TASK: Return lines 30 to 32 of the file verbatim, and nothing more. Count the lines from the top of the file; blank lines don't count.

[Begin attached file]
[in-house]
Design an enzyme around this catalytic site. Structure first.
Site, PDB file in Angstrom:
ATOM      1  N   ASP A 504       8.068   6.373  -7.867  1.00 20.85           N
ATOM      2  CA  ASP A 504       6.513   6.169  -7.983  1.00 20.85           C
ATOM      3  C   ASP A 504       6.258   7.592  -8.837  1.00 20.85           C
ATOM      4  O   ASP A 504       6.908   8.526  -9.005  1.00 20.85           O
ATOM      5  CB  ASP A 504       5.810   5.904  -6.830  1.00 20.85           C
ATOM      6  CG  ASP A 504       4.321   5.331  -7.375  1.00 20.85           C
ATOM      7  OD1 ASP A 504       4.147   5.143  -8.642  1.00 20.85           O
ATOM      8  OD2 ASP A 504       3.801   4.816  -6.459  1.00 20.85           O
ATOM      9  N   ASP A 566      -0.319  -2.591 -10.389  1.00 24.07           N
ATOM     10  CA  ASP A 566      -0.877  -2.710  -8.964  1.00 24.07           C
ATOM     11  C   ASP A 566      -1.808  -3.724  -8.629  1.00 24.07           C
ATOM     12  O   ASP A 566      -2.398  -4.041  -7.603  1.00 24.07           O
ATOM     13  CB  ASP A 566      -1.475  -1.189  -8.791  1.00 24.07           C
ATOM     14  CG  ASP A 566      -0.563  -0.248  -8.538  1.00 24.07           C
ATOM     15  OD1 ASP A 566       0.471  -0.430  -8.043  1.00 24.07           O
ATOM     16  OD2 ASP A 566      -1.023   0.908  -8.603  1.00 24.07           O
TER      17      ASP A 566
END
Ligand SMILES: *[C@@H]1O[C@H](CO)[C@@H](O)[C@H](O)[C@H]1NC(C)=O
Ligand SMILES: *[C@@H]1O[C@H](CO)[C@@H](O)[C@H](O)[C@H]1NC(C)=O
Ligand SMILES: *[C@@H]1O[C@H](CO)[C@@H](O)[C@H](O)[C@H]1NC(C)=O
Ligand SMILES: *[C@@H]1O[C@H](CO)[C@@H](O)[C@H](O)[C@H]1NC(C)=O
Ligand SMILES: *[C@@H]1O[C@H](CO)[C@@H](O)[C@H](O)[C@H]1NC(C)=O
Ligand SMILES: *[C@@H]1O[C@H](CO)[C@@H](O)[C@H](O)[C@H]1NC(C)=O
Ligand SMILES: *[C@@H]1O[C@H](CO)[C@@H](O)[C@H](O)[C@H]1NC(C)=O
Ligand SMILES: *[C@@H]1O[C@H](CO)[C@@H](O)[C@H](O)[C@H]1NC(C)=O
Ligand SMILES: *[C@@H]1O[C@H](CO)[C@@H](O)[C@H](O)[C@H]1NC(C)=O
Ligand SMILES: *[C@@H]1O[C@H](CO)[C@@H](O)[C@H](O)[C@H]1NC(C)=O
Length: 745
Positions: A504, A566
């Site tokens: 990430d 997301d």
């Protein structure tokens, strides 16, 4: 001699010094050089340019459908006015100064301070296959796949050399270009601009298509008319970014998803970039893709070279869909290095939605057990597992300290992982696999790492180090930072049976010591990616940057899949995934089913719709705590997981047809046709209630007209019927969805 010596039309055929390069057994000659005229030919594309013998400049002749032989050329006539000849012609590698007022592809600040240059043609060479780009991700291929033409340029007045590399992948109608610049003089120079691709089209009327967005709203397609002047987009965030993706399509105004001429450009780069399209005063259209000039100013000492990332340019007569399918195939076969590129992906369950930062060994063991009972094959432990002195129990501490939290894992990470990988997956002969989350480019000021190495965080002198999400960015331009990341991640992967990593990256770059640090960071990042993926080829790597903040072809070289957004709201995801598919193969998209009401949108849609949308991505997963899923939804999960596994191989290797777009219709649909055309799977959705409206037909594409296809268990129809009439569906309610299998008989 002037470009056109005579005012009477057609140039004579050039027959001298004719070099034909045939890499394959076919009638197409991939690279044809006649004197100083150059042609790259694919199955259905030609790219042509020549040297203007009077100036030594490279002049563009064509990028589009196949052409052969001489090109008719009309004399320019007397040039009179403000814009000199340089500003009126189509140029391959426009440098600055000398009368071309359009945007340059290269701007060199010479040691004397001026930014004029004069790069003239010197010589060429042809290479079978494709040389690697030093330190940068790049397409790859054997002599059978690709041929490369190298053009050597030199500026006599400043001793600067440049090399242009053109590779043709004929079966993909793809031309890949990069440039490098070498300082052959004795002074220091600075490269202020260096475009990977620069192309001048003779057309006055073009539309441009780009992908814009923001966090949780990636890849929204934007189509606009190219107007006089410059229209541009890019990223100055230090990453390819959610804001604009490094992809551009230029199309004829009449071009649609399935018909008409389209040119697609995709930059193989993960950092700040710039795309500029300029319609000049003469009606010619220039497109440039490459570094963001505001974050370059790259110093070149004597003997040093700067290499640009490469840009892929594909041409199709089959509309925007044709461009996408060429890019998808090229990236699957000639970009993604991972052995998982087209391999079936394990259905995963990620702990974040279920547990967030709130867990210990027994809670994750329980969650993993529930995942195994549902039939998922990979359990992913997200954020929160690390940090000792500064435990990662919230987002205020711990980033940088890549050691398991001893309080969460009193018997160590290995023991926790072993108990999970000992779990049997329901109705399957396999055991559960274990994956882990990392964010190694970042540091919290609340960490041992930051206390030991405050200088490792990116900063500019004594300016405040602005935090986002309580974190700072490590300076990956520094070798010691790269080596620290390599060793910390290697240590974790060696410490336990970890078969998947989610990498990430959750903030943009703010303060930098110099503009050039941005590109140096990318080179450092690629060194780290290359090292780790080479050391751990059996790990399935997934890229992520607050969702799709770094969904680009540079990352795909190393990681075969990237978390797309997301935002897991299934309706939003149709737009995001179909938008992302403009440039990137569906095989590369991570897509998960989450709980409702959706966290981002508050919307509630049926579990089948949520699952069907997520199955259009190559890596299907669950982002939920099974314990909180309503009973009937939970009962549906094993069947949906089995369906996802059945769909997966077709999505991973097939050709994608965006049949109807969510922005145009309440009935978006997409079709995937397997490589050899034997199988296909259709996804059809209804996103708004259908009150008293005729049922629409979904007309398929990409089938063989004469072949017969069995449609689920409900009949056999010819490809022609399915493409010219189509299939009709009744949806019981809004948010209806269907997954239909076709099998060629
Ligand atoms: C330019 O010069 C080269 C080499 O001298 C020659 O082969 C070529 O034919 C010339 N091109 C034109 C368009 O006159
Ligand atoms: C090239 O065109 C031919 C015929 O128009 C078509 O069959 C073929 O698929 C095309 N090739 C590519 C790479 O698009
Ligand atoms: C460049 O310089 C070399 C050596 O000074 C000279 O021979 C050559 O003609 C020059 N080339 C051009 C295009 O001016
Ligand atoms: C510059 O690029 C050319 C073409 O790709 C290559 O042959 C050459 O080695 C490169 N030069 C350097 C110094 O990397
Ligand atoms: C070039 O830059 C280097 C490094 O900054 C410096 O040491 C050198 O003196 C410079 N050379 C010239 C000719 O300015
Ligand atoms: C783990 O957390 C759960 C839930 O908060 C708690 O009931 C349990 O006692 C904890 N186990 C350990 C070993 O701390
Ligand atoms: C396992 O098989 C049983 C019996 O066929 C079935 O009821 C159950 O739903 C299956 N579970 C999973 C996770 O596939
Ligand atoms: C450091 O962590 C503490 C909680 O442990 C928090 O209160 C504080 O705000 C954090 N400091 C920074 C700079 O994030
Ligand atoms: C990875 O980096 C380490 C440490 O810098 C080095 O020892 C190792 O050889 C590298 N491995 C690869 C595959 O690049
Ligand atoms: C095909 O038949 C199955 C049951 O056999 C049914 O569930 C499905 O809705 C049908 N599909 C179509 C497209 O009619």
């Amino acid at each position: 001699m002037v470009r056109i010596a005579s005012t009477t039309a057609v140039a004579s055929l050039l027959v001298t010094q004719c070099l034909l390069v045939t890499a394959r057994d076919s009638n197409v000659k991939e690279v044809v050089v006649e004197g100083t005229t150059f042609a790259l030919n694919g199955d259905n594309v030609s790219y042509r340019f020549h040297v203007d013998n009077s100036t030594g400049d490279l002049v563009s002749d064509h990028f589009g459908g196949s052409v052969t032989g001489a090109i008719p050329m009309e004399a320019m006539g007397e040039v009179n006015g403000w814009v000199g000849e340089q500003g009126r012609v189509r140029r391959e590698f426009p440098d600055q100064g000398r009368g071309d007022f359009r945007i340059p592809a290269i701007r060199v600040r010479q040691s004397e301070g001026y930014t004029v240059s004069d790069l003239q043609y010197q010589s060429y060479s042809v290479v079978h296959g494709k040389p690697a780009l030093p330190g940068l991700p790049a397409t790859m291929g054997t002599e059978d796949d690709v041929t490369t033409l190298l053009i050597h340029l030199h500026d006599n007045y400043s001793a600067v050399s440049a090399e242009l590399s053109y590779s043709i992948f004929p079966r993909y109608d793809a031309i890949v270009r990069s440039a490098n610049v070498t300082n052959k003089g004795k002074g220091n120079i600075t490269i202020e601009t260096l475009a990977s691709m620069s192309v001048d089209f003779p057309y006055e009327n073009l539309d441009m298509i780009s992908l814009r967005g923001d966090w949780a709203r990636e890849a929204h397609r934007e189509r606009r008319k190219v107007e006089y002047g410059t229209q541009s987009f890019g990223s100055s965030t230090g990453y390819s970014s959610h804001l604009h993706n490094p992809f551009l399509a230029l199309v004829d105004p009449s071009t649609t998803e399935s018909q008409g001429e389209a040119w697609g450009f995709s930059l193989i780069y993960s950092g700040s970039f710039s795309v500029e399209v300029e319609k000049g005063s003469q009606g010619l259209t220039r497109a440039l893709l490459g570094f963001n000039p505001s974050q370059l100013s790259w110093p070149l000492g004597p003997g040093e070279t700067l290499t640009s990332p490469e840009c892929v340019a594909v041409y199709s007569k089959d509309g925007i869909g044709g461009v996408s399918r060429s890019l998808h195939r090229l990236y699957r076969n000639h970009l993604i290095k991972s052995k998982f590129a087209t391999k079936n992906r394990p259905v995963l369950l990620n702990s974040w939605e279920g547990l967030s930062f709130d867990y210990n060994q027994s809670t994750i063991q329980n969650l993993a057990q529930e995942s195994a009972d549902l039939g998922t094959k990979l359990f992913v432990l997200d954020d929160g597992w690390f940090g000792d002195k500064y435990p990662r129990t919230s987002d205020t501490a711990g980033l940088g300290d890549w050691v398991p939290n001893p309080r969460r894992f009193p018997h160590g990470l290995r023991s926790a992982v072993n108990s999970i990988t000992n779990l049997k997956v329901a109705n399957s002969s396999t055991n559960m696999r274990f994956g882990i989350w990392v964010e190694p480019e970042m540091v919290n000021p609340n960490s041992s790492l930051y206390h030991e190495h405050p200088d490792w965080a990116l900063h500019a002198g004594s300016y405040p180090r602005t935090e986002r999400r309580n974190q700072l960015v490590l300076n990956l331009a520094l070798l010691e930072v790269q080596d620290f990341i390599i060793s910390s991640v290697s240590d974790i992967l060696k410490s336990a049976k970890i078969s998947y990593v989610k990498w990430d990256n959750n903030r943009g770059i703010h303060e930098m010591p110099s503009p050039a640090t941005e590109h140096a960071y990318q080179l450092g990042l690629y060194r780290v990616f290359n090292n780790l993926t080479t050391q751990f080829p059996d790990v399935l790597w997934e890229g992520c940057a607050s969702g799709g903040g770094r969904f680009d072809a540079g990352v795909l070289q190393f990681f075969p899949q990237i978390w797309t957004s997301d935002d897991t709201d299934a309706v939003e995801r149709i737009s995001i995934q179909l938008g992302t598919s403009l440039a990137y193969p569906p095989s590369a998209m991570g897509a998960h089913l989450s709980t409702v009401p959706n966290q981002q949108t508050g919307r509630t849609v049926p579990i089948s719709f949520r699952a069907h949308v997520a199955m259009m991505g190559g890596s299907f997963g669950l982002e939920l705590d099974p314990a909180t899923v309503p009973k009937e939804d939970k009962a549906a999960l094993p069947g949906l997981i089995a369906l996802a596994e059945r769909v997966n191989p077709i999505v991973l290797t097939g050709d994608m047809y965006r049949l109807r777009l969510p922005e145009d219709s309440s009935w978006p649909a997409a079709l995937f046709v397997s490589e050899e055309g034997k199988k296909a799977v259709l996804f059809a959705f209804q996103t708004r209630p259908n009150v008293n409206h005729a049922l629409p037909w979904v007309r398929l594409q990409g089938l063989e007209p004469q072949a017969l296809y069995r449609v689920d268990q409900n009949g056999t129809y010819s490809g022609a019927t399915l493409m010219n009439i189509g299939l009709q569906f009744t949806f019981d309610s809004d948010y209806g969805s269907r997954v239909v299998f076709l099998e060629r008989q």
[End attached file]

Ligand SMILES: *[C@@H]1O[C@H](CO)[C@@H](O)[C@H](O)[C@H]1NC(C)=O
Ligand SMILES: *[C@@H]1O[C@H](CO)[C@@H](O)[C@H](O)[C@H]1NC(C)=O
Length: 745